who argued back in the debate with Sraffa on the attempt to link the natural and money rates of interests to real economy fluctuations and crises (Hayek, like Keynes, is following Wicksell here from Lectures on political economy, vol 2). Essentially Hayek argued that interference in the system by governments following Keynes recommendations will actually lead to a longer period of disequilibrium and crisis and that we are better off letting the system come back on its own. This is of course adopted by Friedman and popularised by the Chicago school. This leads to debates on what policies are actually acceptable (if any) and the limits to fiscal policy based on whether the multiplier actually is responsive enough so that fiscal policy would be of any use at all (see the New Classical economics, especially Barro on that last point).

        Uncertainty and expectations and the manner in which they are treated have been the topic of many discussions in the history of economics thought and modern economic discussions from many different perspectives including literally assuming them away due to specifications on expectations. They really do upset the applecart of certain theories given the manner in which the theories are actually structured and what they argue.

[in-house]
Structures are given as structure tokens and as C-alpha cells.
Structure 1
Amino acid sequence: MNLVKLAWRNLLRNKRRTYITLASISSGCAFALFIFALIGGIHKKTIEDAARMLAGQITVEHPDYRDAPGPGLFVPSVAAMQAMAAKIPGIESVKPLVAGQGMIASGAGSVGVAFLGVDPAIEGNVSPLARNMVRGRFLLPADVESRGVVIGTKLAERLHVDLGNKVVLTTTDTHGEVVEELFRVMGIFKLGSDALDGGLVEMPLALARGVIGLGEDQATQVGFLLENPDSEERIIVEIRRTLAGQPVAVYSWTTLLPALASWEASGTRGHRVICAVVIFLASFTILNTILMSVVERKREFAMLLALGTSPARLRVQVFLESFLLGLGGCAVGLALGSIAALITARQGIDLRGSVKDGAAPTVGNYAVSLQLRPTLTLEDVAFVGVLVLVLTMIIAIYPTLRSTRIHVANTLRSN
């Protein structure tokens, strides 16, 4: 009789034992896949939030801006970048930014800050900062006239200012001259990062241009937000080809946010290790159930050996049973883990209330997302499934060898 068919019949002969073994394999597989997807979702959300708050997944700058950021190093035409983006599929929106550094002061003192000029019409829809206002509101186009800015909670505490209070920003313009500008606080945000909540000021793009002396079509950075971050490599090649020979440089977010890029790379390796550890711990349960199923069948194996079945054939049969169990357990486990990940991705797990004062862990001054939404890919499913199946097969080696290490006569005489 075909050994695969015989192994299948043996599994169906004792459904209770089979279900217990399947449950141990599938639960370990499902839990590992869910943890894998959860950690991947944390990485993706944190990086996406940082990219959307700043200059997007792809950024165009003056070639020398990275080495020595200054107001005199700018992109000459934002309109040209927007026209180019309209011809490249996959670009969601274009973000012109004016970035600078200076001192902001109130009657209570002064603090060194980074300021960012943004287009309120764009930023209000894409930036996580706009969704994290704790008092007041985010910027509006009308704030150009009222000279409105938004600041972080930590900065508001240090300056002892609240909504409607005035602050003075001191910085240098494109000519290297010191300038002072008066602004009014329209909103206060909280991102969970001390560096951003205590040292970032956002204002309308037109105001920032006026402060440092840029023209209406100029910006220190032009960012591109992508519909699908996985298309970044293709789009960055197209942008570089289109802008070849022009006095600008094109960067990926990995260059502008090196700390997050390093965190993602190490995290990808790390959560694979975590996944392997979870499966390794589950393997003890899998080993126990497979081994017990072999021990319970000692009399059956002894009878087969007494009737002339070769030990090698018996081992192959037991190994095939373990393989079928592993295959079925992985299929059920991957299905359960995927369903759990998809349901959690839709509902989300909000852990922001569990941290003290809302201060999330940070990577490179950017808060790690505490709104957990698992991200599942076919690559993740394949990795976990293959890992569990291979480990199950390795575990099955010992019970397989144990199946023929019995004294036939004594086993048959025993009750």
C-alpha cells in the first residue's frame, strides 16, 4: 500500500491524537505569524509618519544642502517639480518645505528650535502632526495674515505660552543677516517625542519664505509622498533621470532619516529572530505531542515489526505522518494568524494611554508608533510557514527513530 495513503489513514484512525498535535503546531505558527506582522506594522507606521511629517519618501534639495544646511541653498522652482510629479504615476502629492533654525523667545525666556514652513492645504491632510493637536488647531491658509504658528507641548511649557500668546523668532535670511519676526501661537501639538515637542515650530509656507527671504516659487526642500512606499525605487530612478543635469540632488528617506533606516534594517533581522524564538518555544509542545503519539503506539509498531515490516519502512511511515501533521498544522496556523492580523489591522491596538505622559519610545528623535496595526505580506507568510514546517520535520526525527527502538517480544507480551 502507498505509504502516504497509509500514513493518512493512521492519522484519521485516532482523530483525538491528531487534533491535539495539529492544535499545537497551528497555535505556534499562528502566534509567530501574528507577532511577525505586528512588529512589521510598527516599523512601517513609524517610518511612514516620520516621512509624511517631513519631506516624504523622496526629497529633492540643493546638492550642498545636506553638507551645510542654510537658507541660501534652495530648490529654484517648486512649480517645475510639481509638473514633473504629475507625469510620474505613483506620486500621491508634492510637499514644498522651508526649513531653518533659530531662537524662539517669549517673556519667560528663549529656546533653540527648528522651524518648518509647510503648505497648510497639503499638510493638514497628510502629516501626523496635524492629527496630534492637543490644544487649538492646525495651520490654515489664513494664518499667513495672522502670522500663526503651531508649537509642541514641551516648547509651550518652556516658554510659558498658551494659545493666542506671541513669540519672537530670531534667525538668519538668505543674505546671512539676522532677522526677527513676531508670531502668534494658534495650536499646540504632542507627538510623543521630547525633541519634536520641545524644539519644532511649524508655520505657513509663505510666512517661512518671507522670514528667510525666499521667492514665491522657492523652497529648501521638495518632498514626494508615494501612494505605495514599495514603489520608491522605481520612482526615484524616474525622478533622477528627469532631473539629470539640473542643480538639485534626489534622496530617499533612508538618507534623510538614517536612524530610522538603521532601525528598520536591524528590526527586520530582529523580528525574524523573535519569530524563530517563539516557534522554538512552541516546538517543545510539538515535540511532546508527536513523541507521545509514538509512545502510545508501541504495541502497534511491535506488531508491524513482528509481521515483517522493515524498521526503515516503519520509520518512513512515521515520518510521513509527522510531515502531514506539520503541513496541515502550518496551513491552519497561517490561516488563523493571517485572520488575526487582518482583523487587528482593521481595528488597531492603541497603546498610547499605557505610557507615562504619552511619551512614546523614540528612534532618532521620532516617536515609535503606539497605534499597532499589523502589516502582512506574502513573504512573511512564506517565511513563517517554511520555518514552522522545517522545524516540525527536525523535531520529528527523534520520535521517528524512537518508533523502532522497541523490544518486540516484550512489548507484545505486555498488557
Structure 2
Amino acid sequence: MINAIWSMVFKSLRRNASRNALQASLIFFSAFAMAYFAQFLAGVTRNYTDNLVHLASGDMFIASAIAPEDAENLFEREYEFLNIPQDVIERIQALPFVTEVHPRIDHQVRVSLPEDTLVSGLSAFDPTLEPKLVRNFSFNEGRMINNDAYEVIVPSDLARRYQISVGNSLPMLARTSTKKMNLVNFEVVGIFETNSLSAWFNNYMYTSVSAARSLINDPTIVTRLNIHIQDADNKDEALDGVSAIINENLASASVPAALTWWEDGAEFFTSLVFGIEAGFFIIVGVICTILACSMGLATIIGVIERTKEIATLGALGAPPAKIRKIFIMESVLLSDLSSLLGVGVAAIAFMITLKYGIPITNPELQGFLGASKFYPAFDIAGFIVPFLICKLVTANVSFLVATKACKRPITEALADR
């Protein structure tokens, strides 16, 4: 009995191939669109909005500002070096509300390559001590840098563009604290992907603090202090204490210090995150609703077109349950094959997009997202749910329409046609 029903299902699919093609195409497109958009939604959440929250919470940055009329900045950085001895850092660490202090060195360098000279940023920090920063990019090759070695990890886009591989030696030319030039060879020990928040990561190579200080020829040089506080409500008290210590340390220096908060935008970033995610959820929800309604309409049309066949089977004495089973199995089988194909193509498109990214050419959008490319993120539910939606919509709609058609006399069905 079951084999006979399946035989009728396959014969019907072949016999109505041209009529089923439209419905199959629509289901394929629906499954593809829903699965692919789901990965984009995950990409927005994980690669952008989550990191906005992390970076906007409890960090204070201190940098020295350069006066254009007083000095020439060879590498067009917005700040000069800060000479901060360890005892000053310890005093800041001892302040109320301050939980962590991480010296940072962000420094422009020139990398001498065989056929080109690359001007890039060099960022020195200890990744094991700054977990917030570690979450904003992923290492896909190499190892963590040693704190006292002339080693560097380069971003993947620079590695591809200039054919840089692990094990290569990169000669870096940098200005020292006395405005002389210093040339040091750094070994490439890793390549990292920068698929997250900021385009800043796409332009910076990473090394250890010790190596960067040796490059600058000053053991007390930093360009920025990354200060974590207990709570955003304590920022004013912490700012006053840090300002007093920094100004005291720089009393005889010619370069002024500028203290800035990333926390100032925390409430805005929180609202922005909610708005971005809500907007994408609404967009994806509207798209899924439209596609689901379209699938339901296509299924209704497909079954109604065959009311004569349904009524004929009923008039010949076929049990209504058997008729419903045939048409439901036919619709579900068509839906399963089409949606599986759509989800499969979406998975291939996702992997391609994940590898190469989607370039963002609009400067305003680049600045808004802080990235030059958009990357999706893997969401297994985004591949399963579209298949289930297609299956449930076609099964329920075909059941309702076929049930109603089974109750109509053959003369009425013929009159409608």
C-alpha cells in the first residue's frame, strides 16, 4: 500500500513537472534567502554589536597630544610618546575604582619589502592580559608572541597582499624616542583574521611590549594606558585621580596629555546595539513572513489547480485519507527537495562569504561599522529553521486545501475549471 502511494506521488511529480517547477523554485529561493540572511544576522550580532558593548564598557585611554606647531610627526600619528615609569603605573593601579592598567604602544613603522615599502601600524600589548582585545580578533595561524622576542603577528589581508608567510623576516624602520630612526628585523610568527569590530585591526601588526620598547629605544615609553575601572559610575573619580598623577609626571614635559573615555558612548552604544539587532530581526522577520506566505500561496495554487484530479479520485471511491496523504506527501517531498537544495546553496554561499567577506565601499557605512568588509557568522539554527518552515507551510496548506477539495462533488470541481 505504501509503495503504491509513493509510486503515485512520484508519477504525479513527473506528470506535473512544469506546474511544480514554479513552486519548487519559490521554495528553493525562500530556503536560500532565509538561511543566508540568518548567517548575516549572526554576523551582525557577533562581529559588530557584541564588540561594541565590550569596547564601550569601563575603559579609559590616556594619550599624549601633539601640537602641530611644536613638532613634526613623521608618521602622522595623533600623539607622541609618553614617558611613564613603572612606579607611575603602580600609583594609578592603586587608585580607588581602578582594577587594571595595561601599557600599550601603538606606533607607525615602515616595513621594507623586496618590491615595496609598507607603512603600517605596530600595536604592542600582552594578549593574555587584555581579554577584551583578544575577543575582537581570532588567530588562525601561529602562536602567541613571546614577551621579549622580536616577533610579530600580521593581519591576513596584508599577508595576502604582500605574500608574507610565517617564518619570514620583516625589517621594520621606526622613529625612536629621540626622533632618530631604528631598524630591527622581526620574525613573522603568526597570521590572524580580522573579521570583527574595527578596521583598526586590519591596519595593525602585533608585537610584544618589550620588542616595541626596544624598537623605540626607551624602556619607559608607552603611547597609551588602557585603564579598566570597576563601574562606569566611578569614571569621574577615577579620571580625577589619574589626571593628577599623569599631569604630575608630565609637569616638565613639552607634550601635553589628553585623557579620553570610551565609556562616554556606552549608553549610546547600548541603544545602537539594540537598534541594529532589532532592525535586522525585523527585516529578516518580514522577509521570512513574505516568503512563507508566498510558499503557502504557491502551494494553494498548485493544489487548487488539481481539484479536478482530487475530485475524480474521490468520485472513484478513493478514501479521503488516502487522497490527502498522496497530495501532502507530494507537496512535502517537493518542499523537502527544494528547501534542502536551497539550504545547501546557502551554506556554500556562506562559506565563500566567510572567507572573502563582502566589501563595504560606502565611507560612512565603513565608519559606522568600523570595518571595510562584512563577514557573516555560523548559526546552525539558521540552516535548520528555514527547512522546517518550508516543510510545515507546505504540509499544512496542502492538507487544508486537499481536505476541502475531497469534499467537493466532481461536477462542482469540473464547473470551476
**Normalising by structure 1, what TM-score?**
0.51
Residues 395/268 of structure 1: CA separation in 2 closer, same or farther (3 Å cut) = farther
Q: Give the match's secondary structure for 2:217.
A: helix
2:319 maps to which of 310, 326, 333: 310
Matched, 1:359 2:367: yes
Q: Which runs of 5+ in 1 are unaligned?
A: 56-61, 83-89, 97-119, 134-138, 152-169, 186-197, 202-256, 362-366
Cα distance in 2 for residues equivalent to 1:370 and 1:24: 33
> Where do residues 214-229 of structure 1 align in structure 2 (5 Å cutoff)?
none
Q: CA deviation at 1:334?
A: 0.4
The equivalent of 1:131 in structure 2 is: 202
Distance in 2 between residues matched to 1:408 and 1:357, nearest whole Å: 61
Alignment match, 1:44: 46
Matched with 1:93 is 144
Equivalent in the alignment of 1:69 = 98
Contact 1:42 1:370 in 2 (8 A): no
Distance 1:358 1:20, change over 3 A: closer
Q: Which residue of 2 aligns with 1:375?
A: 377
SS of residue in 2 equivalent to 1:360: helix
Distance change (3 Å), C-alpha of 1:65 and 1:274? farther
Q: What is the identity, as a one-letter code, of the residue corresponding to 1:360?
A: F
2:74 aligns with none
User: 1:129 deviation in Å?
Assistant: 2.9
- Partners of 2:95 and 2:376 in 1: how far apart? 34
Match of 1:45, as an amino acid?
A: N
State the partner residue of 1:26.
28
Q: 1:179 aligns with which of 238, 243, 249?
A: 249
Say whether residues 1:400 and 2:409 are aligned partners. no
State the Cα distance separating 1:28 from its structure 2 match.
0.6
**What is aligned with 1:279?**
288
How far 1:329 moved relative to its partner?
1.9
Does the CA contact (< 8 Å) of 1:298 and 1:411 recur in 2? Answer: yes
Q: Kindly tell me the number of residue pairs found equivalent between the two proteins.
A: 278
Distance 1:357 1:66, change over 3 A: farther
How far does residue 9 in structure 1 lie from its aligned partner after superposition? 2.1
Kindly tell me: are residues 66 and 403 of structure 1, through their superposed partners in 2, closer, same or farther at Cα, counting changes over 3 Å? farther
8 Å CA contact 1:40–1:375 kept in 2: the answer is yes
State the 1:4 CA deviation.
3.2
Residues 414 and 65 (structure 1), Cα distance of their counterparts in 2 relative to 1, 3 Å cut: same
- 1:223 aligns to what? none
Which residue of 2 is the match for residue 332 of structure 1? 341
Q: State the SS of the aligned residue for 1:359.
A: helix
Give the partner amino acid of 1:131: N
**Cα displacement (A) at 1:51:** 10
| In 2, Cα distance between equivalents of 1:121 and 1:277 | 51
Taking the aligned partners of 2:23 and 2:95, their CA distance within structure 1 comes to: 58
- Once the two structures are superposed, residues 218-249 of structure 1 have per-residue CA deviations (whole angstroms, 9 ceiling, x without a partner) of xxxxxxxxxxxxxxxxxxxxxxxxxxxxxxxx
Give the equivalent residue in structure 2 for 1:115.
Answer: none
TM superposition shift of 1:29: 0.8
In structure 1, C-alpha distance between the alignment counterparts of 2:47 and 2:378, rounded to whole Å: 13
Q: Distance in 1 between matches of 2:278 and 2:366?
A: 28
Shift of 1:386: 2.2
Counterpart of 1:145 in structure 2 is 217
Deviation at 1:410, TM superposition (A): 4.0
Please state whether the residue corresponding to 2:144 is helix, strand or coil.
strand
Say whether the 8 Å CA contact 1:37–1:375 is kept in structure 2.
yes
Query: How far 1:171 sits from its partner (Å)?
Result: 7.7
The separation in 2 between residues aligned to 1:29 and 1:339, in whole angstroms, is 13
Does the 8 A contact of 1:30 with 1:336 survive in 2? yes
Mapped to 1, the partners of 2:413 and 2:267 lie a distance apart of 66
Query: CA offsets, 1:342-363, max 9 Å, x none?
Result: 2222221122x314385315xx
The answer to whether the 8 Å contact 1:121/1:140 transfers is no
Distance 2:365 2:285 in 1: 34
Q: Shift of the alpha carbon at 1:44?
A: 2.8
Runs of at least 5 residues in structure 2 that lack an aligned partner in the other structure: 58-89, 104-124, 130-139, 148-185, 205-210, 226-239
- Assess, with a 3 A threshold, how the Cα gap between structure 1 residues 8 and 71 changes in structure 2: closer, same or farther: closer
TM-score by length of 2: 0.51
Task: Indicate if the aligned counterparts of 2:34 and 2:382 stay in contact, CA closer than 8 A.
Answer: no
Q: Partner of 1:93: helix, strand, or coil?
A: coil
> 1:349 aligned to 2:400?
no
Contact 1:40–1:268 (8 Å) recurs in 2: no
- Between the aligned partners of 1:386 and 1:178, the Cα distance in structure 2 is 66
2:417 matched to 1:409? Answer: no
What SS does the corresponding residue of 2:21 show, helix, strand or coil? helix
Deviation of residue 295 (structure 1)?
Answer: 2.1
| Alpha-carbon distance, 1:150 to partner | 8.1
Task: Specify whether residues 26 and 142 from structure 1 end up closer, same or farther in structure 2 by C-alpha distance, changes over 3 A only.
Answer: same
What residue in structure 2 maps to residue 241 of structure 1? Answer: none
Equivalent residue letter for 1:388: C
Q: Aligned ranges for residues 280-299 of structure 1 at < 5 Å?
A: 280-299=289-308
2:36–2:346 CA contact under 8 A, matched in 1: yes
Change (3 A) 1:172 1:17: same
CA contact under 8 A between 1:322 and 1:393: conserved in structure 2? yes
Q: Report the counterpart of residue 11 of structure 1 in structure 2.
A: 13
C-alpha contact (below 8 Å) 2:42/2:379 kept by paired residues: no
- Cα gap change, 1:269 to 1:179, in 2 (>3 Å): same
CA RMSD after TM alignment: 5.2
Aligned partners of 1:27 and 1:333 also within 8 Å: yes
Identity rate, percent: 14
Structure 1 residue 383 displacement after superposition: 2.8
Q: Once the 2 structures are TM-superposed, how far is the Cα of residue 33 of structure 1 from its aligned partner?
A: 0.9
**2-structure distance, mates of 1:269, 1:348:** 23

I would argue that contrary to the opinion of most economists, economics is a social science, some of the most important influences on economic decisions, choices and variables, (e.g., customs and habits) cannot really be properly modelled and we may not actually want to do so. Some things can be addressed quantitatively, others less so or not.

        That is a great sign and unfortunately very true. "Economics is the only discipline in which a person can have a successful career without ever once being right." It is hard to think of another discipline where someone can be demonstrably wrong and still held in such high regard. :(

        No society can surely be flourishing and happy, of which the far greater part of the members are poor and miserable (Adam Smith, 1776, I, p. 96).

        by NY brit expat on Sun Aug 02, 2009 at 02:48:10 PM PDT